Times are changing and as the saying goes, you have to roll with the punches. What worked five or ten years ago might not be as effective today. To stay ahead, you need to be innovative and think of new and effective ways to improve your business.
Sadly, these innovative efforts may sometimes be hindered by different obstacles. Here are 5 obstacles you will face during a work culture change and how you can work past them.
1. Resistance to change
Shaping and changing people’s mindsets and the way they work can be the most challenging of obstacles yet. There is a level of comfort in doing the usual and venturing towards the unknown can be so daunting that people just resist change. Your work culture may unknowingly adopt the thinking “don’t fix what isn’t broken”, thus hindering innovation.
What can be done? Take the stigma out of failure and encourage a ‘move on and learn from your mistakes’ mentality. Encourage and empower your employees to come up with ideas and assure them that all ideas are valued, whether or not they succeed or fail. Start with small business changes and innovations and make sure to celebrate even the smallest of wins.
2. Not sharing the “Why”
As Friedrich Nietzsche once said,
“He who has a ‘why’ to live can bear almost any ‘how’.” When people know and understand the reason behind a change, even if it takes a considerable effort, they will commit to it and follow through. If people feel that they are part of an important change, they can get real fulfillment in their jobs. To do this, a business owner needs to know his employees well so that he knows what motivates and energises them.
3. Facing bottlenecks
Traditional hierarchical leadership can cause bottlenecks in decision-making and restricts innovation and information flow. In contrast, organisations that empower middle management to spearhead innovative new projects will remove bottlenecks and further propel the company’s development.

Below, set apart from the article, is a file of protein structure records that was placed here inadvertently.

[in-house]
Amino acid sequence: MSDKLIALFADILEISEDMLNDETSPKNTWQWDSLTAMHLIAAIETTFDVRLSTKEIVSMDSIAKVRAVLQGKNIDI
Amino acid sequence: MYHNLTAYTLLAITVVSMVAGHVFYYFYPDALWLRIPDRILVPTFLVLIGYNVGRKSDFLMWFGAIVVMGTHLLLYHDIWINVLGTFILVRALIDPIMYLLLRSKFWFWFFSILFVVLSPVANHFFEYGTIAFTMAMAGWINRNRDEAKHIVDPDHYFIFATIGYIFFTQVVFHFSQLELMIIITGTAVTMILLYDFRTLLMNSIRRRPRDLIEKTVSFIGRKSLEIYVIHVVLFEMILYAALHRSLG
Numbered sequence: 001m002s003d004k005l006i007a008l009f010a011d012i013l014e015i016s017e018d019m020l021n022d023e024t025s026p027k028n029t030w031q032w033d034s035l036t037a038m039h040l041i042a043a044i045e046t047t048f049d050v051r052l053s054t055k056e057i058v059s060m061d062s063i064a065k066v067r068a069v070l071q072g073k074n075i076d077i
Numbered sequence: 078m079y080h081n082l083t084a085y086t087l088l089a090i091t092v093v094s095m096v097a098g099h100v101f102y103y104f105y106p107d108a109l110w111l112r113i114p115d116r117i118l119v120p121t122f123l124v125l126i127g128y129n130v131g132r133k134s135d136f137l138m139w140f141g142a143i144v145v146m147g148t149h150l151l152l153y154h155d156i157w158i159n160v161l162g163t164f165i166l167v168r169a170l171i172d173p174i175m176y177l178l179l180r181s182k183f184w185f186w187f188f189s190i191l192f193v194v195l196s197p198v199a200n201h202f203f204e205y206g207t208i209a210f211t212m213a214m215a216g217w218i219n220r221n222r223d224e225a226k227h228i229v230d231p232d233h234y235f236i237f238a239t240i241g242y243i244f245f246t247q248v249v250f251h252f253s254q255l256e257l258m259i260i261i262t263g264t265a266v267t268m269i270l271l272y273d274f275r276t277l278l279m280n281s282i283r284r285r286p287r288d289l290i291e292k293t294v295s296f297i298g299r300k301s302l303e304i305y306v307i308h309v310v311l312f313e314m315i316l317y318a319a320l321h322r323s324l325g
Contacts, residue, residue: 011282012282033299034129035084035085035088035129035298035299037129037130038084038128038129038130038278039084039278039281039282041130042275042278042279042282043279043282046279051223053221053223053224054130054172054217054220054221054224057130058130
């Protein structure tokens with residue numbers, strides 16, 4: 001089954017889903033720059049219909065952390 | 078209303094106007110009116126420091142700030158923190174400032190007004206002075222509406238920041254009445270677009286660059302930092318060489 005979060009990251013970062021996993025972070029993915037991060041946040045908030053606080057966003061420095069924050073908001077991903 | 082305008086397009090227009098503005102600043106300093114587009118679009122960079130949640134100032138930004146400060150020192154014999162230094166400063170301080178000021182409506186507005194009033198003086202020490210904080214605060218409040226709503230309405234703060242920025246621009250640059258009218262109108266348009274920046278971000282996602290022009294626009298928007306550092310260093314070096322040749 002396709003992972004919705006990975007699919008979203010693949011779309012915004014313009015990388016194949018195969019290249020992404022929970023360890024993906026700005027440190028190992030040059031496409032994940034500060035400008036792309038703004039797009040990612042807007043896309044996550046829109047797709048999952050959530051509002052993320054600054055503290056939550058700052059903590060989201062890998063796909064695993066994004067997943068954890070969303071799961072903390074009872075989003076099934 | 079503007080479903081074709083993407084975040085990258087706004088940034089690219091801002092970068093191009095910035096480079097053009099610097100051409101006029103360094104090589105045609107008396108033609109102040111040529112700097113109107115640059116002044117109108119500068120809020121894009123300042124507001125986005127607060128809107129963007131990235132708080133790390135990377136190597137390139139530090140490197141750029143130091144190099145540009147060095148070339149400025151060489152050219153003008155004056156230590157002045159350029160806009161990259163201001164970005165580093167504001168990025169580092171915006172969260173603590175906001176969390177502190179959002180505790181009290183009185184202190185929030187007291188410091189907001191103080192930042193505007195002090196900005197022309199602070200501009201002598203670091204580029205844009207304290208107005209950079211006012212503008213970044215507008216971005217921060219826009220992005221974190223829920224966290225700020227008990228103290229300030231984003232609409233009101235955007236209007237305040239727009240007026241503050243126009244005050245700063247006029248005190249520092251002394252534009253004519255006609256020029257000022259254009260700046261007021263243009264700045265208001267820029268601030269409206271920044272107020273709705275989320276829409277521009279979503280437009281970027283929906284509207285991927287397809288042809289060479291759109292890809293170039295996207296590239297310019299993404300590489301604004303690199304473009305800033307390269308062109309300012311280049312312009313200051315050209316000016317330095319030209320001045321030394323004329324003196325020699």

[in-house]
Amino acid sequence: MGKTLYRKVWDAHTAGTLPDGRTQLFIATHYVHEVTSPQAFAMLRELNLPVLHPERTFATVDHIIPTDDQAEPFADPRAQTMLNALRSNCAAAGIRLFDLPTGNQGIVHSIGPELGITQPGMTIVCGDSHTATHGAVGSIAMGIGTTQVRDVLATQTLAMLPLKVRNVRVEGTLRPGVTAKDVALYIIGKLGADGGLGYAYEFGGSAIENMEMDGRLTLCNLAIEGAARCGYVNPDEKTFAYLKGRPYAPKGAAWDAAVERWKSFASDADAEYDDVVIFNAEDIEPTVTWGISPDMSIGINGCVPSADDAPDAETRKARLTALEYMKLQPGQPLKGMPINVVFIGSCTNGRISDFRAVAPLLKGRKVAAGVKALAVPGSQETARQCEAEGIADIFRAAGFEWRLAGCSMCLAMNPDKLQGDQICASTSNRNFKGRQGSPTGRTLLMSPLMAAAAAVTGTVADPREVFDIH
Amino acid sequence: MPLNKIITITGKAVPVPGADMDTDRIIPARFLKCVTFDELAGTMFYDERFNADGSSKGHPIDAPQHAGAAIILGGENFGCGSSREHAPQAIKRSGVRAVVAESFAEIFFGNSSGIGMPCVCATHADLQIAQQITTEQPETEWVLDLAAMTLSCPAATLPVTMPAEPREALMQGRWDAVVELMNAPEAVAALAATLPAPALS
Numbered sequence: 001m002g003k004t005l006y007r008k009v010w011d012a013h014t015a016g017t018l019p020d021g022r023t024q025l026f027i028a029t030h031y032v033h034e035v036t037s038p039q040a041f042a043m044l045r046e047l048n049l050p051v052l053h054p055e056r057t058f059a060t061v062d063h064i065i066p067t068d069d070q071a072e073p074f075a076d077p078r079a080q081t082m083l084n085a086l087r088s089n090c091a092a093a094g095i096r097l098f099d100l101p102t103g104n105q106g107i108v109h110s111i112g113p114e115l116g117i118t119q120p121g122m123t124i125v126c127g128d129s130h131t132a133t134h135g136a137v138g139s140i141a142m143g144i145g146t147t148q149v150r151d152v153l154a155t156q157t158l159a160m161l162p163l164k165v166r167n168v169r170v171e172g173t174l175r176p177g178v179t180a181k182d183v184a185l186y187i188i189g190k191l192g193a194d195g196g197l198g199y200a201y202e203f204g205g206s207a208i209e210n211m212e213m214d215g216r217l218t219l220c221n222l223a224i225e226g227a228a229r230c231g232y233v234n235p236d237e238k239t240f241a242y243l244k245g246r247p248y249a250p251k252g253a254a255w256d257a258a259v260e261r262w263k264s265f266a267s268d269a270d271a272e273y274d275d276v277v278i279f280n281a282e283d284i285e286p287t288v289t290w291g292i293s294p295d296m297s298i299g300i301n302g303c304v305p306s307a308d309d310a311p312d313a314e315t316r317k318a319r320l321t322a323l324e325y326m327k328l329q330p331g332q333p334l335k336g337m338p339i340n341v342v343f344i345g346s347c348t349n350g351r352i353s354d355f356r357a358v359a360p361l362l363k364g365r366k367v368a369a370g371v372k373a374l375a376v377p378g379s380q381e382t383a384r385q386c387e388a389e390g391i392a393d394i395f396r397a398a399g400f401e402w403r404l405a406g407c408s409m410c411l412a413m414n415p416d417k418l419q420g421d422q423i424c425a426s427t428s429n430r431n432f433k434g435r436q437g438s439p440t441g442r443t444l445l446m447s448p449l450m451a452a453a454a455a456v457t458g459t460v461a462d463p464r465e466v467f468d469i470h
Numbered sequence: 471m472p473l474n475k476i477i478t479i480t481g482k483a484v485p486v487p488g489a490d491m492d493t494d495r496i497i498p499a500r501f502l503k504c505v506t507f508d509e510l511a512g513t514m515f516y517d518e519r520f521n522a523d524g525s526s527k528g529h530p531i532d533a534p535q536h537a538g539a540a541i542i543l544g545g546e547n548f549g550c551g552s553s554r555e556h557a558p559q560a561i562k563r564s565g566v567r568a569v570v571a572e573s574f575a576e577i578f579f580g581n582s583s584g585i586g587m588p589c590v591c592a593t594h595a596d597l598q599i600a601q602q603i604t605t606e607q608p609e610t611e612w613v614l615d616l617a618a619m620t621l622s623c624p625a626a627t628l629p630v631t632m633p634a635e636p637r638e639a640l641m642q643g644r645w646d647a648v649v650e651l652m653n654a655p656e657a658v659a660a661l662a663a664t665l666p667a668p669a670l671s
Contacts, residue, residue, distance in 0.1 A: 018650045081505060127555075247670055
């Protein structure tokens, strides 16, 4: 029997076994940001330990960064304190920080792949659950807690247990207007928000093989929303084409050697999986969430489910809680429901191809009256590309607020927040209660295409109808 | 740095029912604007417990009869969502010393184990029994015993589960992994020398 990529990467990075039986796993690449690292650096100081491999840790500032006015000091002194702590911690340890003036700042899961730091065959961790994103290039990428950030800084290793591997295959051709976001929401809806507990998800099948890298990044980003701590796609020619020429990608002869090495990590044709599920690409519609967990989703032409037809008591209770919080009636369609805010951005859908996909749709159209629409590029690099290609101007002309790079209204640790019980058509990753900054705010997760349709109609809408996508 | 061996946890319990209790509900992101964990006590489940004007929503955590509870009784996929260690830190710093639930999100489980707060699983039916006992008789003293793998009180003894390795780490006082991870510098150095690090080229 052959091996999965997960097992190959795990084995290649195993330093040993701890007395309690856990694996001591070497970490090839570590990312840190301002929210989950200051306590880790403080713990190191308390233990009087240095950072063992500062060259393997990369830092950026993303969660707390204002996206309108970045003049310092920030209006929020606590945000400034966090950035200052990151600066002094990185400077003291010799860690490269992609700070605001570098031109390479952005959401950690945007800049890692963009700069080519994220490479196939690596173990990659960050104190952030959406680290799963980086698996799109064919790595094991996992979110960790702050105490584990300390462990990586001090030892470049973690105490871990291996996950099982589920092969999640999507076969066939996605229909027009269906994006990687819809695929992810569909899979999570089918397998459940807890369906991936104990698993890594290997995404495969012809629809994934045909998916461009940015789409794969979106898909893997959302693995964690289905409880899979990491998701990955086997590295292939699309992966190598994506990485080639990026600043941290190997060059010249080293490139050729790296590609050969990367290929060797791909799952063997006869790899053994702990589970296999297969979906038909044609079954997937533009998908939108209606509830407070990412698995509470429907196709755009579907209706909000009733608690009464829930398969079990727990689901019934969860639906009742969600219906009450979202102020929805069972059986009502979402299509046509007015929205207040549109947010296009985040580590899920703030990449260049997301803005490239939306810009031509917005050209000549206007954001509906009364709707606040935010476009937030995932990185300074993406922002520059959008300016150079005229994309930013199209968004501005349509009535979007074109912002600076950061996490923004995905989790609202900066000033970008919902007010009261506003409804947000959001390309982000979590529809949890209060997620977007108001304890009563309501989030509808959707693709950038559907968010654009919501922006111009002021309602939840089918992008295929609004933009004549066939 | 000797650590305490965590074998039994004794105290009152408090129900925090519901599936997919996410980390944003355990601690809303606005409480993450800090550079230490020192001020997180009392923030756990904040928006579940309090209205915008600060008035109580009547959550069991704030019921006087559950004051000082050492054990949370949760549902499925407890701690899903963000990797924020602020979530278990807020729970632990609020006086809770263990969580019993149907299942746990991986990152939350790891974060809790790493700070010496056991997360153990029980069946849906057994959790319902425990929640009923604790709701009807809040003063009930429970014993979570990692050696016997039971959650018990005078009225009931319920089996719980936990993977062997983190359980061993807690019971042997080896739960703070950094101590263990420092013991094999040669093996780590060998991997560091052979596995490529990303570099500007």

4. Not following through and rewarding those who do
Staying committed until projects are completed and making sure you follow through until fully implemented is crucial during changing times. More often than not, innovative new projects are viewed as “extracurricular activities” and put under the non-urgent list. Such a mentality will be detrimental to reaching new goals. How can people stay committed? Early on, identify why the project is essential and who benefits from it. People who will benefit directly from the project will most likely stay committed until the end. Upon completion of the project, the efforts of key players should be recognised and rewarded accordingly.
5. Changes are not ‘tangible’
Companies that are leaders in innovation are changing up the traditional way of work. They are tearing down the big office walls and adopting communal offices. They are making work arrangements more flexible by providing remote work options. Dressing down is not just for Fridays and champagne is a staple in the pantry. They offer transparency with everyone’s work progress and decision-making. By changing the tangible, they are changing the intangible as well.
Of course, change doesn’t happen overnight. There will be obstacles that you will face during a work culture change. By approaching each systematically, you and your company will be able to shape and change your work culture.
Need guidance in improving your business? Get in touch with MRS V today.